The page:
Plant a tree
“What do you need for tomorrow?” Jorge, a quiet, attentive twelve year old asks me in Spanish, unsure of the words to formulate the question in a language so different from Tseltal Mayan, his mother tongue. I pantomime the items as I speak to make sure that he understands me. “Can you get a post hole digger, a bucket and a wheelbarrow full of compost?” He seems unsure of the word compost. “Will old leaves do?” and smiles when I nod and say “yes!”
Before breakfast, just as the sun burns off the fog, Jorge slogs through the mud to the church. I could hear the rain beating on the zinc roof of the sanctuary most of the night as I tried to sleep on make shift bed of wooden benches and an air-mattress. He motions for me to follow him down the path, and I welcome the opportunity for a walk. We reach his family’s adobe house and walk through his mother’s patio which is bursting with every color of flower imaginable. Pointing to the wheelbarrow full of composted leaves, a bucket with water and the pothole digger, he looks shyly at me waiting for affirmation. “This is exactly what we need!” I exclaim, backing up my words with a pat on his shoulder.
After breakfast, a group of twenty or so children, ages 2 to 12, gather, wiggling and laughing in excitement. First, we play a memory game displaying different Chiapan trees. It doesn’t take long for them get the hang of matching trees to their descriptions and identify three or so that they have in their own community.
Next we play a composting game and again they are quick to figure out what items will biodegrade into compost and which will not. They understand that the seed of a tree can grow in the pile of leaves and vegetable peels but not in the pile of plastic.
I show them the two native trees we are going to plant. Both are have medicinal properties and will grow to provide good branches for firewood. I ask them to draw how they imagine the trees will look if we take care of them. Soon we have a forest of drawings which we proudly display on the church wall.
For the next part of the tree lesson, I pull out some play dough and ask them to shape all the things they can think of that either come from trees or depend on trees. Soon we have play-dough horses, who need the trees for shade and food, bird’s nests with eggs, snakes, bugs, books, pencils, shovels with wooden handles, and many other shapes appearing and disappearing as I try to learn their Tseltal names.
Finally, I show them how to plant the trees and protect them from the cows.. Then, with Jorge’s help, the children get to work. When the two trees have been planted with compost, watered and fenced, we choose names for the trees. One is “kuxlejal” which means “life” in Tseltal and the other is named “slamalil kinal” which mean “quiet place” but is also the expression for peace. We hold hands in a circle around both trees, and we pray a blessing over them that they might grow strong, full of life and provide a quiet place of peace.
Deforestation is one of many environmental challenges in the state of Chiapas, Mexico where Global Ministries partners with the Institute for Intercultural Studies and Research. As we drove into this village on the edge of the Lacandon Jungle, the largest rainforest in North America that still supports such wildlife as jaguars, caimans, tapirs, and a wide variety of other animals, reptiles, birds and insects, we can see large swaths of denuded mountainsides. When the trees are replaced by grazing cattle, the rains subside, the soils erode and the wildlife disappears. Timber companies, mining companies and ranches either convince or coerce local indigenous groups to sell their lands. Meanwhile, local communities fight for remaining patches of woods to claim the firewood and lumber they need for daily life.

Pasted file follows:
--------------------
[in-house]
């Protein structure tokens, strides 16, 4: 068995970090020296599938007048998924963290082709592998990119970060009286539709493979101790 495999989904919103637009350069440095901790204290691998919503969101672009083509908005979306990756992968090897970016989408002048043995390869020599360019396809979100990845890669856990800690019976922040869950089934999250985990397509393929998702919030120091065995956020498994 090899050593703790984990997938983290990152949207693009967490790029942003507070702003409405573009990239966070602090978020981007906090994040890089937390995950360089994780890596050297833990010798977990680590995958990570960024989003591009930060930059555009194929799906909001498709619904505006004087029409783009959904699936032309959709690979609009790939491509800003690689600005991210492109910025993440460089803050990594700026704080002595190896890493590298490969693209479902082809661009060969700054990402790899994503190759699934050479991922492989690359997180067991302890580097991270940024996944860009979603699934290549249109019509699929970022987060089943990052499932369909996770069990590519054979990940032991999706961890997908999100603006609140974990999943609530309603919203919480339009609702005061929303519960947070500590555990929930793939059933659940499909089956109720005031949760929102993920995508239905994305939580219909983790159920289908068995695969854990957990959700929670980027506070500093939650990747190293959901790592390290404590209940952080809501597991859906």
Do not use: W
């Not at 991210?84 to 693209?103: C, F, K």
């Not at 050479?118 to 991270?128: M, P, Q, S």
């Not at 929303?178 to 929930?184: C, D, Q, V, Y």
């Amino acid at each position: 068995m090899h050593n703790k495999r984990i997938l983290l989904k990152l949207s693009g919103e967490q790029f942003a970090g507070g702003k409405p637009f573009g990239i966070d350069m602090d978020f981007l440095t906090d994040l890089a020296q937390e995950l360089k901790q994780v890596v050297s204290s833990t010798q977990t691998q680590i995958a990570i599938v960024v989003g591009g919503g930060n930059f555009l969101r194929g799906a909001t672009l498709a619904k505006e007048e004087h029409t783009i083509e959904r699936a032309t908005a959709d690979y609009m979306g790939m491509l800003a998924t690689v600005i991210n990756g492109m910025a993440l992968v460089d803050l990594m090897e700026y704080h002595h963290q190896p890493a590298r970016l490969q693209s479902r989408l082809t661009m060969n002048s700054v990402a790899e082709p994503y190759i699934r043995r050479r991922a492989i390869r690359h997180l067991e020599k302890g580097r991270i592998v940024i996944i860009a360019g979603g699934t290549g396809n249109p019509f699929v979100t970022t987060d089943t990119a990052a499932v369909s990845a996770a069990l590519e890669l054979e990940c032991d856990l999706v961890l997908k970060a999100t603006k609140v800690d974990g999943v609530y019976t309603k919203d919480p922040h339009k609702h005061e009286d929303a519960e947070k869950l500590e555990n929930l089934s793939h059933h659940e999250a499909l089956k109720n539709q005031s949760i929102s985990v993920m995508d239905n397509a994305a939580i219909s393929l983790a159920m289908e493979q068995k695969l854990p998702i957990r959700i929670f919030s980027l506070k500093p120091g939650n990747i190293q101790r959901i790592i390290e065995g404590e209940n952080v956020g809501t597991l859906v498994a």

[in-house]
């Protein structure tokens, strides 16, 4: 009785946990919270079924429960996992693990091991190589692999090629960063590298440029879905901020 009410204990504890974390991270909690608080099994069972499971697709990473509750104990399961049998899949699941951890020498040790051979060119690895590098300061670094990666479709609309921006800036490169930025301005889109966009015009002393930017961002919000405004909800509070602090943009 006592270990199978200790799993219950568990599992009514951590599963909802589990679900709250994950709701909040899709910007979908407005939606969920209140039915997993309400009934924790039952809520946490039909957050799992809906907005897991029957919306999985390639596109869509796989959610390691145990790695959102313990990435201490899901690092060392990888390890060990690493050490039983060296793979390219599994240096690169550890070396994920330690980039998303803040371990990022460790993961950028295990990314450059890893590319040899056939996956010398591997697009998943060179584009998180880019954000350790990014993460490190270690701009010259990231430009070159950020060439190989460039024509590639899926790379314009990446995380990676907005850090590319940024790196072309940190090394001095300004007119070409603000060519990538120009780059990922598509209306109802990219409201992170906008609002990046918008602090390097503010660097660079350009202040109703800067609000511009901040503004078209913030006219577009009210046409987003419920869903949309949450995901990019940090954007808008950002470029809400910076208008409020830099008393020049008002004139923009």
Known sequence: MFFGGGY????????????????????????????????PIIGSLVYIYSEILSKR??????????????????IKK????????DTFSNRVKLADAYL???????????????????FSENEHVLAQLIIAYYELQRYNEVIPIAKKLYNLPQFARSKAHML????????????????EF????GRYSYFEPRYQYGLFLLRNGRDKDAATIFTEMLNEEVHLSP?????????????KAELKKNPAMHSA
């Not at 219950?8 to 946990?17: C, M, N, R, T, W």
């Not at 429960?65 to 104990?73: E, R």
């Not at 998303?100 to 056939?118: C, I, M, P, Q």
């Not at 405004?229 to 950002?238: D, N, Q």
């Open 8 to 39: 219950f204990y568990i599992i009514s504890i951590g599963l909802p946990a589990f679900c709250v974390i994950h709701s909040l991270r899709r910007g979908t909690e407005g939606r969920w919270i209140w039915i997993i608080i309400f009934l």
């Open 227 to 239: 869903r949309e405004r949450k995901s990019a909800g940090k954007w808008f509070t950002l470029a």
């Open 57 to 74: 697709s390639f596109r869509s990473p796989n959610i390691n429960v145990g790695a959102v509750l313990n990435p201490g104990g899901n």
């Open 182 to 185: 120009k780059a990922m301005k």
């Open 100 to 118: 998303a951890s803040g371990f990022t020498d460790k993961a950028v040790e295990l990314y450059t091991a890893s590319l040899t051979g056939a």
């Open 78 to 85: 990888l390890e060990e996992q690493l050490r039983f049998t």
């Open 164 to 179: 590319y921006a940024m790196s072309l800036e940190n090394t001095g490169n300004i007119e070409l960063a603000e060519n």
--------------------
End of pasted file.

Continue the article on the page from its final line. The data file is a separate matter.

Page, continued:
The members of the church in this community have invited the staff of Institute for Intercultural Studies and Research to come and talk about starting a three pronged family food security project which could include tree planting, organic vegetable gardens, and raising small farm animals depending on interest and need. Even though the church will provide a meeting space, the project will be open to any family who is interested. We spend two days in the community getting to know the people. My task is to share with the women and children in three interactive workshops. In between the workshops, I help the older children and young women shuck corn and haul it in buckets to the local mill to make “nixtamal,” the soft dough used in making corn tortillas. There is nothing quite as delicious as handmade corn tortillas cooked on griddles over a wood fire! I play jump rope with the children. I laugh along with my teachers as I try to say words in Tseltal. I spend time sitting in the shade listening and smiling without understanding the conversations around me. Most of these women and children show up for the informational meeting and will be the ones who will work on the projects and reap the benefits.
I doubt the children or the women will remember much of what I said in my visit with them since we don´t speak the same language. I am convinced, however, that they will not forget what we did together: planting trees, playing games, making crafts, laughing, and getting to know one another. I hope that the two trees we planted will become tangible reminders that this project invites us to continue to learn from each other, care for the community and natural environment on which we all depend, and celebrate good “life” and “peace” with a blessing from the children.
Elena Huegel serves with the Intercultural Research and Studies Institute (INESIN) in Mexico. Her appointment is made possible by your gifts to Disciples Mission Fund, Our Church’s Wider Mission, and your special gifts.
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